Shakespeare in Film: Accessible Adaptations for Modern Audiences

People are often surprised when I suggest that they watch a Shakespeare play before reading it.  I know I was an English major in college, and am therefore supposed to believe that the book is always better than the movie, etc., etc.  But with Shakespeare especially, it can be really difficult to visualize the text if you aren’t used to reading Early Modern plays–or plays in general.

Shakespeare’s stage directions are so vague (or usually non-existent) that the texts can support a number of different interpretations.  Every production is a little bit different, which is one of the reasons why I love Shakespeare; I love seeing what different directors and actors can interpret the same words and create something unique.  I don’t like it when adapters change words or throw in weird gimmicks (Romeo and Juliet . . . with Aliens!) or make decisions that clearly have no basis in the text.  But I am fine with modern dress, playing with settings and time periods in a non-ridiculous way, etc.

This list includes plays that I think are good adaptations and particularly accessible to people who aren’t necessarily Shakespeare nerds like me.  (Of course, they are also accessible to Shakespeare nerds.)

Hamlet (2009)
Director: Gregory Doran
MPAA Rating: Not Rated (it’s a filmed stage production)
Running Time: 180 min.
The stage to film transition is a little rough, but David Tennant’s Hamlet is really relatable.  Purists will note that the order of scenes is slightly altered in the middle (Act 2, Scene 4 and Act 3, Scene 1).  I think it’s worth it for “Now I am alone,” but you’ll have to see what you think.  If you’re not too familiar with Hamlet you won’t even notice.

Henry V (1989)
Director: Kenneth Branagh
MPAA Rating: PG-13
Running Time: 137 min.
Branagh uses the film medium well for the war action, but still uses plenty of the text.  If you’re familiar with Shakespeare’s histories, you’ll notice that Branagh adds in some “flashbacks” to Henry IV Parts One and Two to explain the Falstaff back story.  If you are not familiar with the histories, you will be grateful for this. . . .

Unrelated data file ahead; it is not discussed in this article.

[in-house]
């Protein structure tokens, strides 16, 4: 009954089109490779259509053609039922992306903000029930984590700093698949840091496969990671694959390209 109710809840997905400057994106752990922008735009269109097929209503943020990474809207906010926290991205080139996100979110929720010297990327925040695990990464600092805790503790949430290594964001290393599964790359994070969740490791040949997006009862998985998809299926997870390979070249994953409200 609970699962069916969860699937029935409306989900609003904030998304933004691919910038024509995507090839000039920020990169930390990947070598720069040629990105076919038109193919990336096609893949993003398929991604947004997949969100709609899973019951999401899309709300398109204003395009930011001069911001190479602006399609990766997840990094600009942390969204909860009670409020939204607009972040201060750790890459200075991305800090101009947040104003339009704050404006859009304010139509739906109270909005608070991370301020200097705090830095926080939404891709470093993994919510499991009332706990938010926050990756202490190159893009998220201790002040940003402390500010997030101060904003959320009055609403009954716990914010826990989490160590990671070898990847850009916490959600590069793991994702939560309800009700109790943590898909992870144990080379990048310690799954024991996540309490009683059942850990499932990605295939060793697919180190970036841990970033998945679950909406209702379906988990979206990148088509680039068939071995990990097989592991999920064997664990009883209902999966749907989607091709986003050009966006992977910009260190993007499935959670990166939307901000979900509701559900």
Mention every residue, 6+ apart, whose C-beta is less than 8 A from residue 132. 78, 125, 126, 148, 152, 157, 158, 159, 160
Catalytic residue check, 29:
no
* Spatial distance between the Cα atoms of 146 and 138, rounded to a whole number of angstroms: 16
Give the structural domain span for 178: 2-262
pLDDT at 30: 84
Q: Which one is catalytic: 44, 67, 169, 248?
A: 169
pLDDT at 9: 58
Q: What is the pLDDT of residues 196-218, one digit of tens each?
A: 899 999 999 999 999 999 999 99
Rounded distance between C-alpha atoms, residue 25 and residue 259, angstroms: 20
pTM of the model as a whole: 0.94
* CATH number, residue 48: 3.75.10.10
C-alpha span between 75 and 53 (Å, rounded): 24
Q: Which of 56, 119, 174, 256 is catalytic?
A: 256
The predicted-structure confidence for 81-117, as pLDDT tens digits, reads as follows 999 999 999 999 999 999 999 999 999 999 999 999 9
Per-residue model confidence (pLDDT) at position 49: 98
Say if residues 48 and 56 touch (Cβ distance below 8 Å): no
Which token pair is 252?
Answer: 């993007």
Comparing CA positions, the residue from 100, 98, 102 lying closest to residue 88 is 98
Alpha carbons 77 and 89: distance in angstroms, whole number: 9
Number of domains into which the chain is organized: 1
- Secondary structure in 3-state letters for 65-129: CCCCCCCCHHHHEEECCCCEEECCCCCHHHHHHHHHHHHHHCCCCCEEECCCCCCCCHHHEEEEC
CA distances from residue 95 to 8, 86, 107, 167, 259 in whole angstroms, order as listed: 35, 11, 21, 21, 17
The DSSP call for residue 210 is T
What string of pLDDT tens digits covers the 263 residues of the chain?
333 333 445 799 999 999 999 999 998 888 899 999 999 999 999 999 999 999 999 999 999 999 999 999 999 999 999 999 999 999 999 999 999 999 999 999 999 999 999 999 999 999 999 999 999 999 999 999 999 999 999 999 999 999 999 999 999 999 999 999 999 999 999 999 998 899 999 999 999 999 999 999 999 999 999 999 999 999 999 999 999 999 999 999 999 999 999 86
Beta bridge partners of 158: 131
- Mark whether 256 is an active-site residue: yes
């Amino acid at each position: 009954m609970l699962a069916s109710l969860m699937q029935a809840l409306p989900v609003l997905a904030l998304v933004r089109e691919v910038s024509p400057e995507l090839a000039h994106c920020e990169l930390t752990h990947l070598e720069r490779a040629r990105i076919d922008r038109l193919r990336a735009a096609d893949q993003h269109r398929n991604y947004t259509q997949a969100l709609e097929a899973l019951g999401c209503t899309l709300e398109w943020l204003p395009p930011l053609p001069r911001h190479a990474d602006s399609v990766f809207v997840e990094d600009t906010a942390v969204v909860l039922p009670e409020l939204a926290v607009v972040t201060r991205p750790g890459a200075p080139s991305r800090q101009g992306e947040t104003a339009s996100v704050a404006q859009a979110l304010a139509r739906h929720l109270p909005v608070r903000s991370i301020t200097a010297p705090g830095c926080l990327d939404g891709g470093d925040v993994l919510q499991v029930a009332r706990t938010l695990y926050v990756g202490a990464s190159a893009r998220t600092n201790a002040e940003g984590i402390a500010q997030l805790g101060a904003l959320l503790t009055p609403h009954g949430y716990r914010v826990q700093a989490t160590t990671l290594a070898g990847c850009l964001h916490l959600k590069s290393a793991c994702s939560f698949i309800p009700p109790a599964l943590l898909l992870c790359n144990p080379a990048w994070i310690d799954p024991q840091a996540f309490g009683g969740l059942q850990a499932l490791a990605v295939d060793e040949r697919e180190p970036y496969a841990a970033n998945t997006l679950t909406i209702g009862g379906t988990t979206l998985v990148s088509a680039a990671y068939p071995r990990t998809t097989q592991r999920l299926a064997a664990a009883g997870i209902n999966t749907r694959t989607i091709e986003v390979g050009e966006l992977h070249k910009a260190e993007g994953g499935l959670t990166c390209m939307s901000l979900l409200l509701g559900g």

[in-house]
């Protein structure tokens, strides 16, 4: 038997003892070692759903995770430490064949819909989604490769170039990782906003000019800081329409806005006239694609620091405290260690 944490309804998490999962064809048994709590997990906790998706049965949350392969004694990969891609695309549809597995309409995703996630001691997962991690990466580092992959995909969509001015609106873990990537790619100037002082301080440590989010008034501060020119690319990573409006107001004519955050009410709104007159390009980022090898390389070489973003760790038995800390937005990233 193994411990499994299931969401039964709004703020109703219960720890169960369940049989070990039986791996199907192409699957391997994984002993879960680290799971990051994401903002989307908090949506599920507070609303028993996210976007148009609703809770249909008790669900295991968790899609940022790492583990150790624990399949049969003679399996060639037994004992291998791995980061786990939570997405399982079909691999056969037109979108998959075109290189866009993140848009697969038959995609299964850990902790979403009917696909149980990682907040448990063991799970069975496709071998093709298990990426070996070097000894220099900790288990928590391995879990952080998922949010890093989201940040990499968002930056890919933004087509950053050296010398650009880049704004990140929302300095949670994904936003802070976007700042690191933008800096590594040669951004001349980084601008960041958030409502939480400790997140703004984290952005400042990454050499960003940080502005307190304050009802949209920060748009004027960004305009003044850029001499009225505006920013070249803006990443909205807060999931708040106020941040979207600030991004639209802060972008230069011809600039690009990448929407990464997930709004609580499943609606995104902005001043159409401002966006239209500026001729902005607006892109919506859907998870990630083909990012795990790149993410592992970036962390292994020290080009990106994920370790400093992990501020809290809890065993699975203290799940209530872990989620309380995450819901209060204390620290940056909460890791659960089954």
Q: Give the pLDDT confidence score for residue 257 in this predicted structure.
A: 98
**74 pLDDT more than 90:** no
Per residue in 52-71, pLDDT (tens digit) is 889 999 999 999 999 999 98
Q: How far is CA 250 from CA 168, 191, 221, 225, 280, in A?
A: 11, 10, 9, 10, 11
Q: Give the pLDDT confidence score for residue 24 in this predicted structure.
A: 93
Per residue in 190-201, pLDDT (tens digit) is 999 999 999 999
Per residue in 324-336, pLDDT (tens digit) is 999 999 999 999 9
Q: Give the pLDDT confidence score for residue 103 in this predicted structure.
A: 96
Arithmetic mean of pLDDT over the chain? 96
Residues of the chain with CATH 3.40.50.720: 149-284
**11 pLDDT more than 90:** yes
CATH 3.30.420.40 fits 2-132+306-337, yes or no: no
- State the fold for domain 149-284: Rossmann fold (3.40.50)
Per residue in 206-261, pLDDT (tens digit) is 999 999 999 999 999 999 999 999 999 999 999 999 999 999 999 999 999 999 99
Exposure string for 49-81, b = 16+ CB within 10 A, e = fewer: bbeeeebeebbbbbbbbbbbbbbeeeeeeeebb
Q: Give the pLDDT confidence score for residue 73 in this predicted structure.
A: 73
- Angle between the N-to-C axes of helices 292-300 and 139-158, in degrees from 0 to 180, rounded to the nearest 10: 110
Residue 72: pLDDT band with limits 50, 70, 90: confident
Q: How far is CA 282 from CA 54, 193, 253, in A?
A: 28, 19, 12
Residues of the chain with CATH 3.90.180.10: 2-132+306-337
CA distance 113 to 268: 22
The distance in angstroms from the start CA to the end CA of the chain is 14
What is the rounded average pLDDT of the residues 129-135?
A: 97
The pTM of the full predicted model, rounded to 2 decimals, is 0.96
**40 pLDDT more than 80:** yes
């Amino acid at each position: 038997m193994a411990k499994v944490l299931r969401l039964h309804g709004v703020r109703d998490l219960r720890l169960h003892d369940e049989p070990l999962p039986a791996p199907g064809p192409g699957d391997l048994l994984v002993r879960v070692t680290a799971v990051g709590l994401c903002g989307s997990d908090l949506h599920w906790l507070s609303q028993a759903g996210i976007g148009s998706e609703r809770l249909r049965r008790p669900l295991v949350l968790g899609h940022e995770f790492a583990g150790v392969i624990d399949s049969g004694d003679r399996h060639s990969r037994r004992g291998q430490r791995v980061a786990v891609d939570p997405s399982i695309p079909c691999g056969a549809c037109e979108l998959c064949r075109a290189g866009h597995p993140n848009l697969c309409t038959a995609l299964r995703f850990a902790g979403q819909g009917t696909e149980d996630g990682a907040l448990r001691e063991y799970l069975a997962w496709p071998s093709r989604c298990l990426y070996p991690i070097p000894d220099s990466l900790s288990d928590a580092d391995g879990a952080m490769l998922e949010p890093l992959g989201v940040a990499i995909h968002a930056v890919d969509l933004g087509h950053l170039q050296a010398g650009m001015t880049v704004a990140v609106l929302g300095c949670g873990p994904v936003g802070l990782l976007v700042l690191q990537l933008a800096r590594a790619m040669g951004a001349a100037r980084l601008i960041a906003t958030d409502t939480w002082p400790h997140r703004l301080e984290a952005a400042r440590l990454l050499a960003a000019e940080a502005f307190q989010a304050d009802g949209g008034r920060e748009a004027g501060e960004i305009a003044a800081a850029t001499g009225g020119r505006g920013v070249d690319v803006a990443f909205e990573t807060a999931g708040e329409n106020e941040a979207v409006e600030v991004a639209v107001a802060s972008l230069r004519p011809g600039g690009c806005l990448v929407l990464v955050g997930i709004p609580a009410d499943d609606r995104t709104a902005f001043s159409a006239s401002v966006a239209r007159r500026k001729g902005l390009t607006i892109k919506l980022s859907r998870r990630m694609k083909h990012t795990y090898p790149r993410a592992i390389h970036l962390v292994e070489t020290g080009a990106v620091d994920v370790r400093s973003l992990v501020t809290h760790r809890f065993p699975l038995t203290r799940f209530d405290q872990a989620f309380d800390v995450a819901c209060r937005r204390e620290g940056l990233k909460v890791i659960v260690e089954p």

Merchant of Venice (2004)
Director: Michael Radford
MPAA Rating: R
Running Time: 138 min.
This is a tricky play to perform because of the blatant anti-Semitism, but Michael Radford does a good job of working around and reinterpreting it without actually changing the text.  He cuts lines kind of selectively to help tweak the meaning in a few places, but he doesn’t substitute in different words.  He also tries to be historically accurate to Renaissance Venice.

Much Ado About Nothing (1993)
Director: Kenneth Branagh
MPAA Rating: PG-13
Running Time: 111 min.
One of the best film adaptations of a Shakespeare play ever made.  Branagh cuts about 40% of the text, but I’m okay with it.  The story is easy to follow and the characters and comedy really come to life, and it is the length of a normal movie–a challenge in Shakespeare adaptation.

Othello (1994)
Director: Oliver Parker
MPAA Rating: R
Running Time: 123 min.
Kind of intense, and Desdemona gets on my nerves, but this is a fairly traditional interpretation of Othello, made in a feature film mold.

Richard III (1995)
Director: Richard Loncraine
MPAA Rating: R
Running Time: 104 min.
This film takes a lot of liberties.  I almost didn’t put it on this list, not because I don’t like it, but because it’s definitely on the artsy end of this spectrum.  The plot is transplanted to pre-WWII England, which works very well given the themes of power and rebellion, thrones changing hands in unorthodox ways, etc.  I have one complaint with the film because they combine two significant characters into one: Richard’s mother and Margaret, the mother of Henry VI (who Richard killed).  In the play, there is a lot of significant dialogue between Margaret and the soon-to-be-ex-Queen Elizabeth (who Richard will also depose).  Loncraine gives these lines to Richard’s mother, which changes the dynamic significantly.  Of course, the combined role is played by Maggie Smith, so I can’t complain about it too much.  Just be aware, if you’re not familiar with Richard III, that this is a significant change.

Twelfth Night (1996)
Director: Trevor Nunn
MPAA Rating: PG
Running Time: 134 min.
HUGE DISCLAIMER: This film starts with about five minutes of back story with fake Shakespearean verse as a voice over.  WORST IDEA EVER!  It is atrocious and completely unnecessary (it basically tells you that there are twins and they are in a shipwreck, which you can clearly see from the action on the screen).  But aside from these horrible moments at the beginning, the rest of the film is a very traditional interpretation that brings out the blend of comic and tragic elements in the play beautifully.  There is some minor re-ordering in the way Nunn fits the scenes together, but it is relatively insignificant.  This is one of my favorite Shakespeare films; I just fast forward through the first five minutes. . . .


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